The violations stemmed from infractions in rear-end housings, which have been under scrutiny since last season, and prompted a rushed change-out of equipment in the Penske cars before the Texas race. Penalties followed days later, with NASCAR determining that the rear-end setups violated sections of the rule book pertaining to the correct size of mounting holes, and limitations on movement or realignment of suspension parts beyond normal rotation or travel.
“We drew a clear line last year with the rear-end housing, and said the science projects had gone on long enough,” Tharp said. “… It was something that we felt that the penalty, the enforcement behind the penalty, was warranted.”
Middlebrook has a history of unpredictable rulings, having now amended penalties in five of the six cases he’s heard since being appointed to the position by NASCAR President Mike Helton in early 2010. Before the Penske verdict, his most notable major decision involved the No. 48 car of Jimmie Johnson, who was docked 25 points while crew chief Chad Knaus was fined $100,000 and suspended six weeks for C-posts that failed inspection prior to the Daytona 500 last year. Middlebrook overturned the point deduction and suspension, while leaving the fine intact.
Tuesday fit that pattern. The reduced suspensions affect not only Wolfe, Gordon and Geisler, but also Keselowski’s car chief Jerry Kelley and engineer Brian Wilson, as well as Logano’s car chief Raymond Fox and engineer Samuel Stanley. The suspended personnel had been able to work while the appeal process was under way, although the point deductions went into effect immediately. Keselowski, who was second before the penalty, is currently fifth in the Sprint Cup standings. Logano was ninth before the penalty, and is now 18th.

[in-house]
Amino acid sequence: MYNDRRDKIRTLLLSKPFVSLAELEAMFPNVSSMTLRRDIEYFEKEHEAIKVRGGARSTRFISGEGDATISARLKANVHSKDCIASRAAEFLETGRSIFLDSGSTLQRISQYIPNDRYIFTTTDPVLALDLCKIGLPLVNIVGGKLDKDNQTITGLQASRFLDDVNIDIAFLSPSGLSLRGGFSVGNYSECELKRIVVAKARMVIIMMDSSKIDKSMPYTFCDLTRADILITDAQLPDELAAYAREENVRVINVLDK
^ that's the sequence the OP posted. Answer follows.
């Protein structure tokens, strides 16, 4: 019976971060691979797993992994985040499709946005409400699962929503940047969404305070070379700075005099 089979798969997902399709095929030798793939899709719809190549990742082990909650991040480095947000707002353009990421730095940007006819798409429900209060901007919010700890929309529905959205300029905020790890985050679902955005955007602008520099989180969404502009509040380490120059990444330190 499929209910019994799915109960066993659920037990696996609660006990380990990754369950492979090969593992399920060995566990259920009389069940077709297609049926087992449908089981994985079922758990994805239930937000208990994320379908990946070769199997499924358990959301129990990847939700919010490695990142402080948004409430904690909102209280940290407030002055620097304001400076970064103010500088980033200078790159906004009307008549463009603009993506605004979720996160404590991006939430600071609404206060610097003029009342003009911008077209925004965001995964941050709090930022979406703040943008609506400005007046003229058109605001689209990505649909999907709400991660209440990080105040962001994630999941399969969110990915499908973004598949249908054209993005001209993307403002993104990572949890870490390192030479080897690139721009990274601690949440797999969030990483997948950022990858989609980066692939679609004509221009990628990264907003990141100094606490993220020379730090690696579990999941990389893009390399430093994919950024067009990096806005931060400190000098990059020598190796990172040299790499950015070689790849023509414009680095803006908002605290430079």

“This is an innovating sport, and I can tell you the other 42 cars are out there innovating every day,” Penske said. “We’re going to continue to look at areas we can work in that we feel are within the rule book, and obviously I don’t want to get to the edge NASCAR felt we were in this particular situation, but we’ve got to be competitive in order to win. There are some very creative guys we meet every Sunday in NASCAR.”
The ruling isn’t likely to impact the manner in which NASCAR polices the sport. “There really aren’t any winners or losers here,” Tharp said. “I really don’t think there are. But it’s out responsibility to regulate the sport, and when we see things that are going on in the garage that we feel like we need to step in and rein back some, we’re going to do that. The teams know that.”
Wednesday brings another plea before the appeals panel, this one from Joe Gibbs Racing, which will argue penalties levied against the No. 20 team for a connecting rod in Matt Kenseth's race-winning engine at Kansas that was lighter than the minimum allowable weight. Kenseth was docked 50 points for that infraction, while crew chief Jason Ratcliff was suspended six weeks and fined $200,000, and Gibbs had his owners' license frozen for six weeks.
The connecting rod in question was manufactured by a vendor and placed in an engine built by Toyota Racing Development, which has said the violation was not an attempt to gain a competitive edge, and did not provide one. As is the case with the suspended Penske crewmen, Ratcliff can work until the appeal process is complete, although the point deduction has already gone into effect. Should the three-person panel uphold those penalties, Gibbs also has the option of a final plea to Middlebrook.